For the Second Time, USS Rhode Island Nuclear Submarine Comes To The Surface

For the Second Time, USS Rhode Island Nuclear Submarine Comes To The Surface
USS Rhode Island Nuclear Submarine Comes To The Surface

Washington - For the second time in two weeks, a ballistic missile submarine belonging to the United States Navy made its appearance on the surface. This time it was the turn of the ballistic missile submarine USS Rhode Island to appear in the Port of Gibraltar, entering British territory. Visits by the US Navy's Ohio-class ballistic missile submarine USS Rhode Island to public ports, such as Gibraltar, are extremely rare. Moreover, this stopover was announced to the public which was officially confirmed by the US Navy.

The service also noted that this is the first time the Ohio ballistic missile submarine, or SSBN, has visited Gibraltar since the submarine USS Alaska stopped there in June 2021. The USS Alaska's stopover is the first time in two decades either of these vessels has visited British territory.

The Gibraltar Naval Base has a very strategic role, being one of a number of facilities in the region capable of housing nuclear-powered submarines and carrying out repairs. Gibraltar as a whole is strategically located, situated at the eastern end of the Strait of Gibraltar, which connects the Mediterranean Sea with the Atlantic Ocean.

Quoted from The War Zone, Wednesday (2/11/2022) Navy Captain John Craddock, head of Task Force 69 said "The USS Rhode Island port visit to Gibraltar reinforces our strong commitment to our allies and partners in the region. The US and UK share a strong history of cooperation, through exercises, operations and collaborative activities such as these, which enhance our joint capabilities and partnerships."

The US Sixth Fleet's Task Force 69 is responsible for overseeing all Navy submarine warfare operations across Europe and Africa. The US Navy is usually very tight-lipped about the activities of deployed submarines, more so about ballistic missile submarines (SSBNs) commonly referred to as 'boomers' at sea.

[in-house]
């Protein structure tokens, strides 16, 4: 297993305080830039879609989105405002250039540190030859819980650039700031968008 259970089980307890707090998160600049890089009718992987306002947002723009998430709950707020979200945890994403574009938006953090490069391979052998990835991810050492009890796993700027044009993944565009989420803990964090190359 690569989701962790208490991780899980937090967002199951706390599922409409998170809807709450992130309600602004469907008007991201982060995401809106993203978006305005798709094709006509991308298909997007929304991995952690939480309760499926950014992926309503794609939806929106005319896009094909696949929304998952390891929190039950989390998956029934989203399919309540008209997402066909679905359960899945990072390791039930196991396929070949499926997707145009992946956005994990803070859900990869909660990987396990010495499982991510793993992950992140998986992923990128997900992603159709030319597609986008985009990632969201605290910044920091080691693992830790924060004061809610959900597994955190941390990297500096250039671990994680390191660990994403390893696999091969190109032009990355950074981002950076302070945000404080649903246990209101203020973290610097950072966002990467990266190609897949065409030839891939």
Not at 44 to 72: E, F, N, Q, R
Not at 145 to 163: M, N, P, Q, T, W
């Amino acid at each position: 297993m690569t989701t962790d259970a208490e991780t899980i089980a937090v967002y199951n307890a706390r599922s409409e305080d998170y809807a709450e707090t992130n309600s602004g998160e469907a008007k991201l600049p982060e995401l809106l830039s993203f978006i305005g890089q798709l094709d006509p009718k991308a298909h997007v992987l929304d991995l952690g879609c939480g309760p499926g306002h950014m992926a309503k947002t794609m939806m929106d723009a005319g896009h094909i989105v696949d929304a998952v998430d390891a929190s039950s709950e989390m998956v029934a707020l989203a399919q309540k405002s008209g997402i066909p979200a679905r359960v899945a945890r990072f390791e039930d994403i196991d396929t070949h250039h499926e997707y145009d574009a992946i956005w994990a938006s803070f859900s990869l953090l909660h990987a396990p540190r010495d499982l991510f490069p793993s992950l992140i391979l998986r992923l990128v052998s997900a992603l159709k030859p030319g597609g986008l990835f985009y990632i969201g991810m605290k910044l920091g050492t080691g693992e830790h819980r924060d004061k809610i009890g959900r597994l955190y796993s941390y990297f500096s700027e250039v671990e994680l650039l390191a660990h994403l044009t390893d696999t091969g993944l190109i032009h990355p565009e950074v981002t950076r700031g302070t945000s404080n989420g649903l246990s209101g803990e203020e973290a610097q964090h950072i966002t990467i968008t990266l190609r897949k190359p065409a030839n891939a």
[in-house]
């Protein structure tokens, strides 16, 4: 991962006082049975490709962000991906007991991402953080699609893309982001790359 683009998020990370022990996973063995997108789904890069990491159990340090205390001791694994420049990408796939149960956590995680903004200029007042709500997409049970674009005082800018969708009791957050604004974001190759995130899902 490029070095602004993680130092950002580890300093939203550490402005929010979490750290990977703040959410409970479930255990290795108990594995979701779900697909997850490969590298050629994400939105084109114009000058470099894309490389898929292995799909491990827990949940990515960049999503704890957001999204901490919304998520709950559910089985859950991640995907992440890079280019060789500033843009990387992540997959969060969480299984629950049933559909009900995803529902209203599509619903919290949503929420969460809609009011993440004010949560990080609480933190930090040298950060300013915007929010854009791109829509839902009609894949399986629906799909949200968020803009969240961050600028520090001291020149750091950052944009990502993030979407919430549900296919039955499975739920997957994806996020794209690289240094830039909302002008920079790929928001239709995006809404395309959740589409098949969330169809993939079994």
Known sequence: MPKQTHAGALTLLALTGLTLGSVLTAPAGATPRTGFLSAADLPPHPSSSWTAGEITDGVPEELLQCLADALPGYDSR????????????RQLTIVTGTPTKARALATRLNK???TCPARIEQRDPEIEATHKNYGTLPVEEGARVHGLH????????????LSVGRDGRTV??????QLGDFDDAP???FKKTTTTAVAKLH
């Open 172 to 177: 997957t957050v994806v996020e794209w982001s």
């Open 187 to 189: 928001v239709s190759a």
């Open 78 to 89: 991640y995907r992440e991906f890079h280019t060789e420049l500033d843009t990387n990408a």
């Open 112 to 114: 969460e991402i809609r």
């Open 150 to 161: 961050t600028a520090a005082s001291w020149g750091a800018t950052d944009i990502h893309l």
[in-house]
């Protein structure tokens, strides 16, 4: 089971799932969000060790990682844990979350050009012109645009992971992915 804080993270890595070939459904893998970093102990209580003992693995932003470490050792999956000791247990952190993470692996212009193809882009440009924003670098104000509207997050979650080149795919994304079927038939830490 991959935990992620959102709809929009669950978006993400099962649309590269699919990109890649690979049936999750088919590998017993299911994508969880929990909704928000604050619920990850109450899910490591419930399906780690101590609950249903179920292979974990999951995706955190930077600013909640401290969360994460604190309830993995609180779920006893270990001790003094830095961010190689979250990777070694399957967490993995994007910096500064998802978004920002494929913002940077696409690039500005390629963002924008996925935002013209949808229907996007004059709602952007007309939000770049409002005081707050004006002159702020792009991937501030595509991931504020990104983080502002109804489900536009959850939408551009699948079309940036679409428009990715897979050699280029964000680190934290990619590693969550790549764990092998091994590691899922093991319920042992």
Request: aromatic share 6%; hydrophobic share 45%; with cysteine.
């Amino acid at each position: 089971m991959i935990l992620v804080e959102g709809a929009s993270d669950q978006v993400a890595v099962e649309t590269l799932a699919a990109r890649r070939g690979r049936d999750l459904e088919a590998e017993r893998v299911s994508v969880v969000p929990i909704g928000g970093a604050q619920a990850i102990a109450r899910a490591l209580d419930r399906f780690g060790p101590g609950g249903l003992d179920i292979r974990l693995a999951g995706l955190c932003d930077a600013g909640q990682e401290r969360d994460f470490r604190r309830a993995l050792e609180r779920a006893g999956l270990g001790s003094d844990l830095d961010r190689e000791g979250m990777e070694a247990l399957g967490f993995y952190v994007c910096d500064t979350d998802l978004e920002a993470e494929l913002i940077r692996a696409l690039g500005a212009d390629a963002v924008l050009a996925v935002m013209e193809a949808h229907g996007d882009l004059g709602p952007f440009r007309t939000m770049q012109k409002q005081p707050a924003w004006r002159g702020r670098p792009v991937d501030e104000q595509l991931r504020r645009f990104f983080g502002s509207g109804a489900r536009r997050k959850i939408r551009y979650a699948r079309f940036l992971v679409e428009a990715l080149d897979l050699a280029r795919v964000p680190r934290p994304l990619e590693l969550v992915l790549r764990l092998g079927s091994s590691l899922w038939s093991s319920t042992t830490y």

The US Navy's ballistic missile submarines represent a second-strike nuclear deterrent that is both survivable and difficult to detect. Moreover, the US Navy's 14 Ohio-class ballistic missile submarines (SSBNs), each carrying about 20 Trident D5 ballistic missiles on patrol.

Each missile is highly explosive because it can carry up to 14 individual nuclear warheads, called multiple independently targetable reentry vehicles or MIRVs. The US Navy also has four other Ohio-class submarines converted into guided-missile submarines or SSGNs, capable of carrying 154 Tomahawk land attack cruise missiles.

It should be noted that the Ohio Navy's Trident D5 ballistic missiles are capable of at least being equipped with the W76-2 low-power nuclear warhead, as well as the higher-power W76-1 and W88 types. The W76-2 warhead, which is now in use at least to some degree, was specifically developed to help provide a more flexible deterrent.

The Ohio-class ballistic missile submarine USS West Virginia previously disclosed its presence in the Arabian Sea on October 20, 2022. The disclosure was framed by a visit by the top commanding officer, US Army General Michael Kurilla, to get a first-hand look at one of America's key capabilities operating in the region. .

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